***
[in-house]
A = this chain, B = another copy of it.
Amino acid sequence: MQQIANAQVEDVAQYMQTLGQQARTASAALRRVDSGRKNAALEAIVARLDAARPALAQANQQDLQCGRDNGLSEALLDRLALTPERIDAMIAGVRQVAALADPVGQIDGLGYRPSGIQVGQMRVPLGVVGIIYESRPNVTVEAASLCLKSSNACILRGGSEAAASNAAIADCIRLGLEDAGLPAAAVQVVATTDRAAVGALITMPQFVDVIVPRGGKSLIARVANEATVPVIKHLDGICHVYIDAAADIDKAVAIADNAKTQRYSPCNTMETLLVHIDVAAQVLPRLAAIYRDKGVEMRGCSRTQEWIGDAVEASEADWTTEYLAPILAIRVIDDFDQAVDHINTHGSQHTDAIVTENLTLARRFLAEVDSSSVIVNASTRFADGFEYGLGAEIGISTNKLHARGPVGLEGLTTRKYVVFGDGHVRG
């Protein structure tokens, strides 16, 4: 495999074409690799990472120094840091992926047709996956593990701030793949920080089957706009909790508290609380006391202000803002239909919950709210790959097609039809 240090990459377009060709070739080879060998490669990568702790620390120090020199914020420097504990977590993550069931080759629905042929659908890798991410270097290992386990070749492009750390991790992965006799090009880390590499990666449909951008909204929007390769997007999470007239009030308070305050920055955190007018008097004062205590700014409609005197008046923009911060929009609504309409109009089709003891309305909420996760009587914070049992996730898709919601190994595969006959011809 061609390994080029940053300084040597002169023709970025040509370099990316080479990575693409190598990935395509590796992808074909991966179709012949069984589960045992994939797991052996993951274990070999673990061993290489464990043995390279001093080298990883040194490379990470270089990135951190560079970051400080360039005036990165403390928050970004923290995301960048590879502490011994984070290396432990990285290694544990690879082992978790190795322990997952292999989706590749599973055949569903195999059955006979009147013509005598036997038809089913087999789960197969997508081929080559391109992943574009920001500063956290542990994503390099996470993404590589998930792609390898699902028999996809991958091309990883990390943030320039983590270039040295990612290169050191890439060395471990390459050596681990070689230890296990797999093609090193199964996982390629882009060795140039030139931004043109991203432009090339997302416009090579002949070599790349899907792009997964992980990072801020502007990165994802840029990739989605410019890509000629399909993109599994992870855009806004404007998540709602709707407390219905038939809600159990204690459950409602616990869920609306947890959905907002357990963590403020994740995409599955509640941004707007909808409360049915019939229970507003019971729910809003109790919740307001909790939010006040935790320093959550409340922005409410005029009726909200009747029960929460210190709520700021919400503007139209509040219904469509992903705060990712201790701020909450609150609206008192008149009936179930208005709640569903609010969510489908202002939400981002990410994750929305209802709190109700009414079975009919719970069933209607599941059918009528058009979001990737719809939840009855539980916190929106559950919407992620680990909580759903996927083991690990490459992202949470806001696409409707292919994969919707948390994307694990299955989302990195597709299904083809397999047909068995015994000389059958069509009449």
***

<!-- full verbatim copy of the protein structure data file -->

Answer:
[in-house]
A = this chain, B = another copy of it.
Amino acid sequence: MQQIANAQVEDVAQYMQTLGQQARTASAALRRVDSGRKNAALEAIVARLDAARPALAQANQQDLQCGRDNGLSEALLDRLALTPERIDAMIAGVRQVAALADPVGQIDGLGYRPSGIQVGQMRVPLGVVGIIYESRPNVTVEAASLCLKSSNACILRGGSEAAASNAAIADCIRLGLEDAGLPAAAVQVVATTDRAAVGALITMPQFVDVIVPRGGKSLIARVANEATVPVIKHLDGICHVYIDAAADIDKAVAIADNAKTQRYSPCNTMETLLVHIDVAAQVLPRLAAIYRDKGVEMRGCSRTQEWIGDAVEASEADWTTEYLAPILAIRVIDDFDQAVDHINTHGSQHTDAIVTENLTLARRFLAEVDSSSVIVNASTRFADGFEYGLGAEIGISTNKLHARGPVGLEGLTTRKYVVFGDGHVRG
């Protein structure tokens, strides 16, 4: 495999074409690799990472120094840091992926047709996956593990701030793949920080089957706009909790508290609380006391202000803002239909919950709210790959097609039809 240090990459377009060709070739080879060998490669990568702790620390120090020199914020420097504990977590993550069931080759629905042929659908890798991410270097290992386990070749492009750390991790992965006799090009880390590499990666449909951008909204929007390769997007999470007239009030308070305050920055955190007018008097004062205590700014409609005197008046923009911060929009609504309409109009089709003891309305909420996760009587914070049992996730898709919601190994595969006959011809 061609390994080029940053300084040597002169023709970025040509370099990316080479990575693409190598990935395509590796992808074909991966179709012949069984589960045992994939797991052996993951274990070999673990061993290489464990043995390279001093080298990883040194490379990470270089990135951190560079970051400080360039005036990165403390928050970004923290995301960048590879502490011994984070290396432990990285290694544990690879082992978790190795322990997952292999989706590749599973055949569903195999059955006979009147013509005598036997038809089913087999789960197969997508081929080559391109992943574009920001500063956290542990994503390099996470993404590589998930792609390898699902028999996809991958091309990883990390943030320039983590270039040295990612290169050191890439060395471990390459050596681990070689230890296990797999093609090193199964996982390629882009060795140039030139931004043109991203432009090339997302416009090579002949070599790349899907792009997964992980990072801020502007990165994802840029990739989605410019890509000629399909993109599994992870855009806004404007998540709602709707407390219905038939809600159990204690459950409602616990869920609306947890959905907002357990963590403020994740995409599955509640941004707007909808409360049915019939229970507003019971729910809003109790919740307001909790939010006040935790320093959550409340922005409410005029009726909200009747029960929460210190709520700021919400503007139209509040219904469509992903705060990712201790701020909450609150609206008192008149009936179930208005709640569903609010969510489908202002939400981002990410994750929305209802709190109700009414079975009919719970069933209607599941059918009528058009979001990737719809939840009855539980916190929106559950919407992620680990909580759903996927083991690990490459992202949470806001696409409707292919994969919707948390994307694990299955989302990195597709299904083809397999047909068995015994000389059958069509009449």